Tim Haugen 3/5/2013 | 3:49 PM CST
Clarify my zero profit guarantee: it still takes a producer to grow the bushels and select a price to put a farm "in the black"...MPCI simply helps them get the loans and forward contract at desirable prices with some measure of security. Also, another small farm anecdote from Mr. Johnson - thank you as well.
Tim Haugen 3/5/2013 | 3:46 PM CST
Zero profit is guaranteed by MPCI. It does not guarantee that a farmer will haul X bushels to town for Y price. Once again, you have been brainwashed by Babcock-ian powerpoints and disconnected urban oriented think tanks. MPCI treats all farms equally, regardless of size. For every anecdote you can provide about some million dollar operation getting a huge subsidy, I can show thousands of small farms saved (oh look, one sourced anecdote already for me - thanks Kyle). FYI, the term subsidy should be replaced by discount. Every farmer getting a big "subsidy" is writing a premium check to the feds for a similar amount. Take away the subsidy: Big Ag Corps. and their ability to absorb loss and operate at smaller margins is all that's left. Furthermore, I have done my research. According to the EWG's freedom of information (closer to privacy act violation), a majority of the top 10 subsidy recipients are cotton and perennial producers - not the typical row crop Corn/Soybean/Wheat you immediately conclude. If you think the great 'crop insurance conspiracy' is taking down farms faster than production efficiencies, biotechnology, and bigger equipment, I can see that you are as equally disconnected as Babcock and his employers. By the way, have you read their proposals? They're easily available at EWG online. They don't want to return money to taxpayers. They want to reinvest it in other entitlement programs - ones that mainly benefit large urban voters. When Lon's "research" includes something credible other than some polarized 3rd party organization that uses New Zealand (a pastoral ag sector protected by government tariffs) as a shining example of government-free ag, by all means, I'll look into it.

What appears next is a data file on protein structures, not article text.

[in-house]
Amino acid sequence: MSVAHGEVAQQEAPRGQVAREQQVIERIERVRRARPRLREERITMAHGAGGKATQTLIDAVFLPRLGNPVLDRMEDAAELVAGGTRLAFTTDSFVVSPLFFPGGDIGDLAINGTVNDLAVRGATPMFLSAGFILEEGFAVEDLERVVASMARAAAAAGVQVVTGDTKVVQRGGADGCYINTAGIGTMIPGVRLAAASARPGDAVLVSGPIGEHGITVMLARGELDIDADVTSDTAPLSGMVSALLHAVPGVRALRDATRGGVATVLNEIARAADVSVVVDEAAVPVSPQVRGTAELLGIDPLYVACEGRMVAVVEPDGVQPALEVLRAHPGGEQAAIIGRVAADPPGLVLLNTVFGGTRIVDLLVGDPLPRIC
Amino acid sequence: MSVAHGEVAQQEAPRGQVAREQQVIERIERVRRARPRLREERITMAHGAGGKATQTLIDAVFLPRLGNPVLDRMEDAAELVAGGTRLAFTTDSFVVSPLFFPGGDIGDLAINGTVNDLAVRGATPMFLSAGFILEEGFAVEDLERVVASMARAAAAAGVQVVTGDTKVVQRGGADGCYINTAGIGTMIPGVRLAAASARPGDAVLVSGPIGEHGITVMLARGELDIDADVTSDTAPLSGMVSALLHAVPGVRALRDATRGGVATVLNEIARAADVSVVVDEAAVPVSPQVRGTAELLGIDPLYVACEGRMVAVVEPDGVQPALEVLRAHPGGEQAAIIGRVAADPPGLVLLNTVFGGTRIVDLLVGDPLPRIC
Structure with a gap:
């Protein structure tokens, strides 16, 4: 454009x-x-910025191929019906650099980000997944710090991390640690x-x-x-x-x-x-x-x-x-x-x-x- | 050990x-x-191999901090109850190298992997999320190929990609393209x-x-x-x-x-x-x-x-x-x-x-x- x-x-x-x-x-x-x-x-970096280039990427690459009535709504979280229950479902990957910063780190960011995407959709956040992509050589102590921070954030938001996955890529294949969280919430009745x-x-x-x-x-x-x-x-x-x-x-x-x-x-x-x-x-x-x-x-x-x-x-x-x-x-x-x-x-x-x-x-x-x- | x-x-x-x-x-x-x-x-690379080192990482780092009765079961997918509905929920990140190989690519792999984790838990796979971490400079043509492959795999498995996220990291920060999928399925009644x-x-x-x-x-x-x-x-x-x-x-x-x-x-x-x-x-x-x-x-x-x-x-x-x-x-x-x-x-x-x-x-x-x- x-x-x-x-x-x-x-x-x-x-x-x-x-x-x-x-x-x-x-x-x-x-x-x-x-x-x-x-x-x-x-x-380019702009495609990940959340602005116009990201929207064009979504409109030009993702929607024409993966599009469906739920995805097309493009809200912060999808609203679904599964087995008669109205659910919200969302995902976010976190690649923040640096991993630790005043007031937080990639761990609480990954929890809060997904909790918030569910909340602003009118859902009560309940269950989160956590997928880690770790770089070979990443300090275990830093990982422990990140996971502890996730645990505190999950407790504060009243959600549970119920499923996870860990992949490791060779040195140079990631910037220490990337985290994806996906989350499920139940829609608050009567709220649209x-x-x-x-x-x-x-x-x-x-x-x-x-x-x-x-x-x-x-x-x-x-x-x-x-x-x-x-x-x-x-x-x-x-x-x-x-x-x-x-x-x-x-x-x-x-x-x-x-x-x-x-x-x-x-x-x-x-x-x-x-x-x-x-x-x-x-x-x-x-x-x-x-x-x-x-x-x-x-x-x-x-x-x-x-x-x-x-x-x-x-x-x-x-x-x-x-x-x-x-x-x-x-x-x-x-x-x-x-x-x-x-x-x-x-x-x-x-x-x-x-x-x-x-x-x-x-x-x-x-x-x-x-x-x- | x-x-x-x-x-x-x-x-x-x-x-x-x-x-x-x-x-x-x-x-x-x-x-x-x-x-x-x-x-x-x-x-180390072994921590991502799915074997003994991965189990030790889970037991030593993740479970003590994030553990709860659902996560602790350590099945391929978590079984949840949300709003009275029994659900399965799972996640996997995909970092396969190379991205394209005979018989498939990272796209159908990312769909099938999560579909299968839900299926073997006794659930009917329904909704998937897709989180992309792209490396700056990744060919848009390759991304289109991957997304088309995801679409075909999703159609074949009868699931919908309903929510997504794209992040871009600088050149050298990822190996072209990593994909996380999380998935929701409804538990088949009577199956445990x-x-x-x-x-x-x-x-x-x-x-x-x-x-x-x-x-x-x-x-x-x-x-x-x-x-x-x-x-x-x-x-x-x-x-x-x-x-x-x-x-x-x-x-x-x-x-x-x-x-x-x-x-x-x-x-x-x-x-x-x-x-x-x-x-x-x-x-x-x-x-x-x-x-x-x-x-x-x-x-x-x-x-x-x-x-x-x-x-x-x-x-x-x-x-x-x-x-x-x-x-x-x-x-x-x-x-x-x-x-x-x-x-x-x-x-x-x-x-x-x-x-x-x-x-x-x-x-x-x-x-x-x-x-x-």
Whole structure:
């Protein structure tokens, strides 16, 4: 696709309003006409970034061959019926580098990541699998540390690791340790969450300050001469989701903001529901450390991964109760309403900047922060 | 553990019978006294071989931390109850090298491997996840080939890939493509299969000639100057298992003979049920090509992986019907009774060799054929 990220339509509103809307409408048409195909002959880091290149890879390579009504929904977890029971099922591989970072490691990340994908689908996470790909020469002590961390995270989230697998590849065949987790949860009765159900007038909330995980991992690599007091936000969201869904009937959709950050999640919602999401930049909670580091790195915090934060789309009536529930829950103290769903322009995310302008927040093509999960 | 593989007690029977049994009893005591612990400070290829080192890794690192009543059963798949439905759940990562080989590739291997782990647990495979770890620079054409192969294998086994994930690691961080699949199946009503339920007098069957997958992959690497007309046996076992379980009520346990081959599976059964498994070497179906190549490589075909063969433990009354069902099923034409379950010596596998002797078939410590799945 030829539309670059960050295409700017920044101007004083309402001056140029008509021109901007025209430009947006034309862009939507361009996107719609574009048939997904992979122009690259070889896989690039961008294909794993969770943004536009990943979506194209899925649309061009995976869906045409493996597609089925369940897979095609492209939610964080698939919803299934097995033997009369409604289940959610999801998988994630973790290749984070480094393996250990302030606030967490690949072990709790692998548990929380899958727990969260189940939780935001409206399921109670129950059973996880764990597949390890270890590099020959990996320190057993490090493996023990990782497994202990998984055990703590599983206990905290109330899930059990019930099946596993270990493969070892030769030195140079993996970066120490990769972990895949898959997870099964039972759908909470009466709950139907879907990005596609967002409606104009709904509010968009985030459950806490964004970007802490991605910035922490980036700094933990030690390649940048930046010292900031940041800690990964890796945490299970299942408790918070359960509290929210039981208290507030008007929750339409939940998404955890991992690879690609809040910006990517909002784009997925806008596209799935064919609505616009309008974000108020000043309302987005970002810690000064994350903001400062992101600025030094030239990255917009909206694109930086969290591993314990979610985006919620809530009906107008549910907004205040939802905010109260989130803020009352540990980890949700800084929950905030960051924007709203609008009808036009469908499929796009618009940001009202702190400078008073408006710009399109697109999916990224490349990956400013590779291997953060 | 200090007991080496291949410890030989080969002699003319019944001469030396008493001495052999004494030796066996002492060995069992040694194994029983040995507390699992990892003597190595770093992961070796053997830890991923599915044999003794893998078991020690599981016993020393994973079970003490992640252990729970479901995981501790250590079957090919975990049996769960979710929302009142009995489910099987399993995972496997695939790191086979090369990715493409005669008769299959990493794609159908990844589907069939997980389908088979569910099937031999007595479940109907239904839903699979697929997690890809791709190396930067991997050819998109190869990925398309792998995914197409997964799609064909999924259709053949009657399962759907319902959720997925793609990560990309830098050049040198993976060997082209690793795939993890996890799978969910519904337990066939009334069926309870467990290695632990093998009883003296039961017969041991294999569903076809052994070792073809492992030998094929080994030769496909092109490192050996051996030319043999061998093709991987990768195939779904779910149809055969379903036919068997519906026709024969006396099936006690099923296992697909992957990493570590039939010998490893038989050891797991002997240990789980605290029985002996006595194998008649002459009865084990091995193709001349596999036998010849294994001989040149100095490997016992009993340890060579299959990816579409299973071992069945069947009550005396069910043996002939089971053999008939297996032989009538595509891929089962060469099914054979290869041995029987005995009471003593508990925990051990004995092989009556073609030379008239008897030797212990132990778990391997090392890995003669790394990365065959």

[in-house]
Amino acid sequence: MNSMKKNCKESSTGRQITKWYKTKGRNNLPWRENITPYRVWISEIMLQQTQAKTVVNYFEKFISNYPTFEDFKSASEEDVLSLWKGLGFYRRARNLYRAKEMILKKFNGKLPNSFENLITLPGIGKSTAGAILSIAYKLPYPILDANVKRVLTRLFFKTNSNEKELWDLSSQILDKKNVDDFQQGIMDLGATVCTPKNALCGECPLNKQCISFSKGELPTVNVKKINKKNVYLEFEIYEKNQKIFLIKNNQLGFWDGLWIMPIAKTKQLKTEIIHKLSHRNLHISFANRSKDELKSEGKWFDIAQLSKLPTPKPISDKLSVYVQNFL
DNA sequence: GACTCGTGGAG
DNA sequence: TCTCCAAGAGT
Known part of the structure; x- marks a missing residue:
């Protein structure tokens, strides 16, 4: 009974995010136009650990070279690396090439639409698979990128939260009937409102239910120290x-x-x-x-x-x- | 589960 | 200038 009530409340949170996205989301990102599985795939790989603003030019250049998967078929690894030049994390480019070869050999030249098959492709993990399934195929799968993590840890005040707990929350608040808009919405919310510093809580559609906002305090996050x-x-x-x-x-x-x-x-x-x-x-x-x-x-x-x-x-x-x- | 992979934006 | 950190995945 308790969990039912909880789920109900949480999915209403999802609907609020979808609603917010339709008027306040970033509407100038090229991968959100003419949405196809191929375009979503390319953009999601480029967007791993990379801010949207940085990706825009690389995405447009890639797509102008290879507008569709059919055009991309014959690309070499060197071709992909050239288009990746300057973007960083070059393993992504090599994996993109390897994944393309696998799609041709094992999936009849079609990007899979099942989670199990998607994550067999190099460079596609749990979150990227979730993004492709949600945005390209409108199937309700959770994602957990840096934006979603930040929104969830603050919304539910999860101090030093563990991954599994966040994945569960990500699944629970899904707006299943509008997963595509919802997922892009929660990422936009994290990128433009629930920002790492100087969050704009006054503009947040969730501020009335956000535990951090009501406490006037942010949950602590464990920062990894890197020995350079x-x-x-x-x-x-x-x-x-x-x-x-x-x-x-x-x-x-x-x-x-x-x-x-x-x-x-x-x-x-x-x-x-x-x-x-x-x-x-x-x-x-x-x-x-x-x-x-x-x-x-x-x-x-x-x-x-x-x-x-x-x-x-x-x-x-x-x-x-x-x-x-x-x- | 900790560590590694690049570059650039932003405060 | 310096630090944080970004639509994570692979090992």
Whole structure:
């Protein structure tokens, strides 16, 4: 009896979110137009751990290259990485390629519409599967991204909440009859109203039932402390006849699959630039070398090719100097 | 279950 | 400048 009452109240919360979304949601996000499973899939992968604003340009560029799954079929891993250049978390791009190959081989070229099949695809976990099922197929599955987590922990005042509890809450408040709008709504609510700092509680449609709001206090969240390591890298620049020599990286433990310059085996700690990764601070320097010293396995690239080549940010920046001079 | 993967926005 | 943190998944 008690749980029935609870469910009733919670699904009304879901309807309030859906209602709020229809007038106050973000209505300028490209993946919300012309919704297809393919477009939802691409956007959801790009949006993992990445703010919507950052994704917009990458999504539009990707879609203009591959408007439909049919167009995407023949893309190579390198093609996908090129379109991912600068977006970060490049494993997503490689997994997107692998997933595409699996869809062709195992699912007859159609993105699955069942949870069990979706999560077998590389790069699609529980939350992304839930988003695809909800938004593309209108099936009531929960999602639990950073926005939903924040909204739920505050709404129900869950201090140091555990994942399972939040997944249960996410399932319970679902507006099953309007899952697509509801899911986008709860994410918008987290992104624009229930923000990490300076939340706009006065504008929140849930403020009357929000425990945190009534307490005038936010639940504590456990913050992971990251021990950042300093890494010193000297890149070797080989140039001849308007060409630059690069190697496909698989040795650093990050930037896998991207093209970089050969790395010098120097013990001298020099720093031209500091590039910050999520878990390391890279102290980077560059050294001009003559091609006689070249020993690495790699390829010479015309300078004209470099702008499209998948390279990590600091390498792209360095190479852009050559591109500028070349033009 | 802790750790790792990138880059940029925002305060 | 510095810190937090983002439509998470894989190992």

Farmer Johnson 3/5/2013 | 3:40 PM CST
Ditto here too Kyle, without crop insurance my farm operation would have been finished a couple times already. I'm 30 years old and a small operation less than 1,000 acres, the same criteria that some on here have said that crop insurance is snuffing those like me out.
kyle noyes 3/5/2013 | 1:25 PM CST
Crop insurance has saved this small family farm twice now.
Lon Truly 3/5/2013 | 12:47 PM CST
A primary weapon being used by clueless politicians to destroy the family farm is the government crop insurance scheme. This weapon accurately targets the largest and wealthiest farmers with a perpetual and overwhelming prosperity. This government granted multimillion dollar investment and profit guaranteeing scheme total overwhelms the ability of the havenots and haveless's ability to compete in the agriculture business. Obviously we are doing a fantastic job of saving larger family farms. If you think government farm programs have anything to do with saving smaller family farms, please do a little research.
Tim Haugen 3/5/2013 | 11:54 AM CST
Quite possibly one of the most jaded links from an obviously biased source that predetermined their conclusions and then scoured the internet for sources. Agriculture and your food depended heavily on subsidies for decades. Sure, absolutely free economics could control the system, but where would that leave us after a year of bad yields? Funny thing about economics is that there is always a lag time for a correction. Would you be willing to risk your family supper because less than 1/2 of 1% of the federal budget went to our greatest natural resource? It's a security blanket policy. Apparently it has worked so well that people have forgotten what it means. 5 years of succesful yields and nice prices and suddenly farmers are to blame for the defecit. Had it not been in place the last 40 years, family farms would already be history and the national supply would be in control of a highly organized group of big farms and corporations that could easily influence markets and withold stocks. Go ahead and blindly follow the EWG and Babcock lemmings. How quickly we forget that Babcock was the one who designed GRIP insurance - the most highly subsidized revenue product ever (and a major failure - less than 2% of policies sold). Babcock is nothing more than a lapdog for the farm policy du jour (and, interestingly, works at a highly subsidized government college).
Lon Truly 3/5/2013 | 7:08 AM CST